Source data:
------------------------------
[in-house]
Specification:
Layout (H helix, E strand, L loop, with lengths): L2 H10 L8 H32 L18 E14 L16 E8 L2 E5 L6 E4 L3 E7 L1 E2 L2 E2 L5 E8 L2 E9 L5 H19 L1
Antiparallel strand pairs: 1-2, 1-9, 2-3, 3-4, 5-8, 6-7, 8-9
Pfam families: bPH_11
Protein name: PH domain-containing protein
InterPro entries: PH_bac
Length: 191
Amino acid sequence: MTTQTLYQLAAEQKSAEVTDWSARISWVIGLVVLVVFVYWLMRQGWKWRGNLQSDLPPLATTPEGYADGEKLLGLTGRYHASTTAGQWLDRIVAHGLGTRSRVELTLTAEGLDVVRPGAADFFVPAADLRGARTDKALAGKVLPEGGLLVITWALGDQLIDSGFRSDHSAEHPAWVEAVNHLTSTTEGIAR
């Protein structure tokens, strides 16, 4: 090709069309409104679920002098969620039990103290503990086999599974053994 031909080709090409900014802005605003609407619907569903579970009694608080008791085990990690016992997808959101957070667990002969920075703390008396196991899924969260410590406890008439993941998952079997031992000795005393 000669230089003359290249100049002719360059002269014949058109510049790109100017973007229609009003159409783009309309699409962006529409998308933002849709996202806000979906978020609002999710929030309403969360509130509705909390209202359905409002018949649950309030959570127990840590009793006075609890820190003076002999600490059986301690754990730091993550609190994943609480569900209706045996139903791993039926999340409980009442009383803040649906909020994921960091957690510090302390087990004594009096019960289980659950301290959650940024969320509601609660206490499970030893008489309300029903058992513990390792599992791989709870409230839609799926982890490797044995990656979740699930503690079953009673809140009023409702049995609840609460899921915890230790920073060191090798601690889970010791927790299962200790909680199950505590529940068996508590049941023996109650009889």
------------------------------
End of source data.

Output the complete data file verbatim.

[in-house]
Specification:
Layout (H helix, E strand, L loop, with lengths): L2 H10 L8 H32 L18 E14 L16 E8 L2 E5 L6 E4 L3 E7 L1 E2 L2 E2 L5 E8 L2 E9 L5 H19 L1
Antiparallel strand pairs: 1-2, 1-9, 2-3, 3-4, 5-8, 6-7, 8-9
Pfam families: bPH_11
Protein name: PH domain-containing protein
InterPro entries: PH_bac
Length: 191
Amino acid sequence: MTTQTLYQLAAEQKSAEVTDWSARISWVIGLVVLVVFVYWLMRQGWKWRGNLQSDLPPLATTPEGYADGEKLLGLTGRYHASTTAGQWLDRIVAHGLGTRSRVELTLTAEGLDVVRPGAADFFVPAADLRGARTDKALAGKVLPEGGLLVITWALGDQLIDSGFRSDHSAEHPAWVEAVNHLTSTTEGIAR
């Protein structure tokens, strides 16, 4: 090709069309409104679920002098969620039990103290503990086999599974053994 031909080709090409900014802005605003609407619907569903579970009694608080008791085990990690016992997808959101957070667990002969920075703390008396196991899924969260410590406890008439993941998952079997031992000795005393 000669230089003359290249100049002719360059002269014949058109510049790109100017973007229609009003159409783009309309699409962006529409998308933002849709996202806000979906978020609002999710929030309403969360509130509705909390209202359905409002018949649950309030959570127990840590009793006075609890820190003076002999600490059986301690754990730091993550609190994943609480569900209706045996139903791993039926999340409980009442009383803040649906909020994921960091957690510090302390087990004594009096019960289980659950301290959650940024969320509601609660206490499970030893008489309300029903058992513990390792599992791989709870409230839609799926982890490797044995990656979740699930503690079953009673809140009023409702049995609840609460899921915890230790920073060191090798601690889970010791927790299962200790909680199950505590529940068996508590049941023996109650009889």